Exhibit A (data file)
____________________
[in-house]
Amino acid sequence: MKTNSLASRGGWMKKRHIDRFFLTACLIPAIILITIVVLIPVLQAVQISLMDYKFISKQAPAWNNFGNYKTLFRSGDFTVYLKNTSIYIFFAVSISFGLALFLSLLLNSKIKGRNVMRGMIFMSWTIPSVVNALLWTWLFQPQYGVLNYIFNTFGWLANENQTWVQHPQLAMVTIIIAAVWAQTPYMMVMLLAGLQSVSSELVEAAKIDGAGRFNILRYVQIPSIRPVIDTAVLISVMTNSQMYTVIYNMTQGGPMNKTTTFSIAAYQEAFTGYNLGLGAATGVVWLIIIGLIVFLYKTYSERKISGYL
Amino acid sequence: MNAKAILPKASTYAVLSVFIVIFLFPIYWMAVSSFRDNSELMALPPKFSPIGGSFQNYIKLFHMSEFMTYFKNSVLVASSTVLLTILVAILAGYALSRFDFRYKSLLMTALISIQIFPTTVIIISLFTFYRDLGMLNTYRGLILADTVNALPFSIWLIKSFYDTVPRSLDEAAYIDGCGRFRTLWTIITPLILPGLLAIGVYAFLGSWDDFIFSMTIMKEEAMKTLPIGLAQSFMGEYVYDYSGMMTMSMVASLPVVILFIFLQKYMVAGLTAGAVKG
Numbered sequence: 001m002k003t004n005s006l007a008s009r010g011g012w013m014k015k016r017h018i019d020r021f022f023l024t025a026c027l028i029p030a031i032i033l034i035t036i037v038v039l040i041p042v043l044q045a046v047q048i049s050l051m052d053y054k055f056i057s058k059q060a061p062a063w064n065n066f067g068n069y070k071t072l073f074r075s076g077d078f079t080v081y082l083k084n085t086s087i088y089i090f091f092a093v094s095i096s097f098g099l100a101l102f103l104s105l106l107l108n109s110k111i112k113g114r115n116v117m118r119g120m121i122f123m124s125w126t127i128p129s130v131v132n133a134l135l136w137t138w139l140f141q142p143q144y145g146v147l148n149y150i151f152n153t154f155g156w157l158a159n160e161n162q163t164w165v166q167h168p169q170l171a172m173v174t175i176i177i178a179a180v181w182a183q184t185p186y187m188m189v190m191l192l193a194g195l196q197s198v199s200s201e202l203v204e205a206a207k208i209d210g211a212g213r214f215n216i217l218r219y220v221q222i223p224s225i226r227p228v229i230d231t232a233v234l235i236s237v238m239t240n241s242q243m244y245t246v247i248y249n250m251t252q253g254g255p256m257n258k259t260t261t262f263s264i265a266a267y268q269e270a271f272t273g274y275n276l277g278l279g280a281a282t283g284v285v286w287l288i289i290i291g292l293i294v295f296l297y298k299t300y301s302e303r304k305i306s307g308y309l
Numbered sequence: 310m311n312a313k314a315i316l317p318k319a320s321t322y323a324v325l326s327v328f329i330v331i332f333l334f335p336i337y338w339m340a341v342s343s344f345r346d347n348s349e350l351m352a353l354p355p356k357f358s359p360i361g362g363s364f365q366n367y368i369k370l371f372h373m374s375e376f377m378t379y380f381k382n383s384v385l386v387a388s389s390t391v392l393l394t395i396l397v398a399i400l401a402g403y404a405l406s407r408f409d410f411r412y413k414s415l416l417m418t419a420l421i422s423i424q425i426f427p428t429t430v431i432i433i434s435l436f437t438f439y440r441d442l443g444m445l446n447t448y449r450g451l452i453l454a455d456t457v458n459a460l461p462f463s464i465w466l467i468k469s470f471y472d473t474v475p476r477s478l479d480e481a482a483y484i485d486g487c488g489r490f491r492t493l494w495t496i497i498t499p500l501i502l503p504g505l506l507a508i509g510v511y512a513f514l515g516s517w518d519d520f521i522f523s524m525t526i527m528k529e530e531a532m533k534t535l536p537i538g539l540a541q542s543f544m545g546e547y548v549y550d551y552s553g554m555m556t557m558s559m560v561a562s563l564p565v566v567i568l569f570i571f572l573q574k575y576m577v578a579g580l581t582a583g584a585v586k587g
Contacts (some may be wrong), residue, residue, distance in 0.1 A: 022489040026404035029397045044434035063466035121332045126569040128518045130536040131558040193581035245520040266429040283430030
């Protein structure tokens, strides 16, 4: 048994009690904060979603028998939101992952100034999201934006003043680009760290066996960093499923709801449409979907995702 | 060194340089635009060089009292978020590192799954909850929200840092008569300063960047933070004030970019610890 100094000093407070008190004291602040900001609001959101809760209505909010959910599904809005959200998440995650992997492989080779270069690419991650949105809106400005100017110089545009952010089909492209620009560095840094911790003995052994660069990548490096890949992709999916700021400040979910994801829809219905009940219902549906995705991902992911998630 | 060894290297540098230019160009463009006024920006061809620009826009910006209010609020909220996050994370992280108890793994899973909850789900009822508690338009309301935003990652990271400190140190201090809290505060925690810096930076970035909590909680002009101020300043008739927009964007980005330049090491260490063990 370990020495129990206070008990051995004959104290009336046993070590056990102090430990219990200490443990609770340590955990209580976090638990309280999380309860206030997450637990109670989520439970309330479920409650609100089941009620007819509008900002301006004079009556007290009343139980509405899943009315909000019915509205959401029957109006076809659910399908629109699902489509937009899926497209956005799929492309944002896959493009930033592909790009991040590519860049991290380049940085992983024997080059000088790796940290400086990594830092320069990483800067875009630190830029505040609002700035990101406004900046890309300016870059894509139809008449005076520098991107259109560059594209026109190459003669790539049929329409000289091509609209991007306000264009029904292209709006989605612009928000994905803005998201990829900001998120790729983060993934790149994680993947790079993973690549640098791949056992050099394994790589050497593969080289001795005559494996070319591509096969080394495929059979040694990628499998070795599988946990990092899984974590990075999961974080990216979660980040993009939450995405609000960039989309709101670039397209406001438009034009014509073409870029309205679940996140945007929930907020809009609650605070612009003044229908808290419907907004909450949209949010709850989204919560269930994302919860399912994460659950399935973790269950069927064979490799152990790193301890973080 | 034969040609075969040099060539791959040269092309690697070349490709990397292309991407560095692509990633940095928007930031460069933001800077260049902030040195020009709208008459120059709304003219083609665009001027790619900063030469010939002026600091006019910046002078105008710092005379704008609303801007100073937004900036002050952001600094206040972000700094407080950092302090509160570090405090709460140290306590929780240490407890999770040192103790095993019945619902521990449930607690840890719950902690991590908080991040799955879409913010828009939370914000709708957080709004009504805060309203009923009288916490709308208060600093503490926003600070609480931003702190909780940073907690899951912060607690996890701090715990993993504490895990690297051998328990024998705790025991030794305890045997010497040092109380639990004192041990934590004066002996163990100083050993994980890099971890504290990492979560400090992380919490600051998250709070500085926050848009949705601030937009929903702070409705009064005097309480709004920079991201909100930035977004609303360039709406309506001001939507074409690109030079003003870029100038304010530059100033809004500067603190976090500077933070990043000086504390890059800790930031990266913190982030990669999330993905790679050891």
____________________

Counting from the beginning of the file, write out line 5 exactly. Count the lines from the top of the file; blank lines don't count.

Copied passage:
Numbered sequence: 310m311n312a313k314a315i316l317p318k319a320s321t322y323a324v325l326s327v328f329i330v331i332f333l334f335p336i337y338w339m340a341v342s343s344f345r346d347n348s349e350l351m352a353l354p355p356k357f358s359p360i361g362g363s364f365q366n367y368i369k370l371f372h373m374s375e376f377m378t379y380f381k382n383s384v385l386v387a388s389s390t391v392l393l394t395i396l397v398a399i400l401a402g403y404a405l406s407r408f409d410f411r412y413k414s415l416l417m418t419a420l421i422s423i424q425i426f427p428t429t430v431i432i433i434s435l436f437t438f439y440r441d442l443g444m445l446n447t448y449r450g451l452i453l454a455d456t457v458n459a460l461p462f463s464i465w466l467i468k469s470f471y472d473t474v475p476r477s478l479d480e481a482a483y484i485d486g487c488g489r490f491r492t493l494w495t496i497i498t499p500l501i502l503p504g505l506l507a508i509g510v511y512a513f514l515g516s517w518d519d520f521i522f523s524m525t526i527m528k529e530e531a532m533k534t535l536p537i538g539l540a541q542s543f544m545g546e547y548v549y550d551y552s553g554m555m556t557m558s559m560v561a562s563l564p565v566v567i568l569f570i571f572l573q574k575y576m577v578a579g580l581t582a583g584a585v586k587g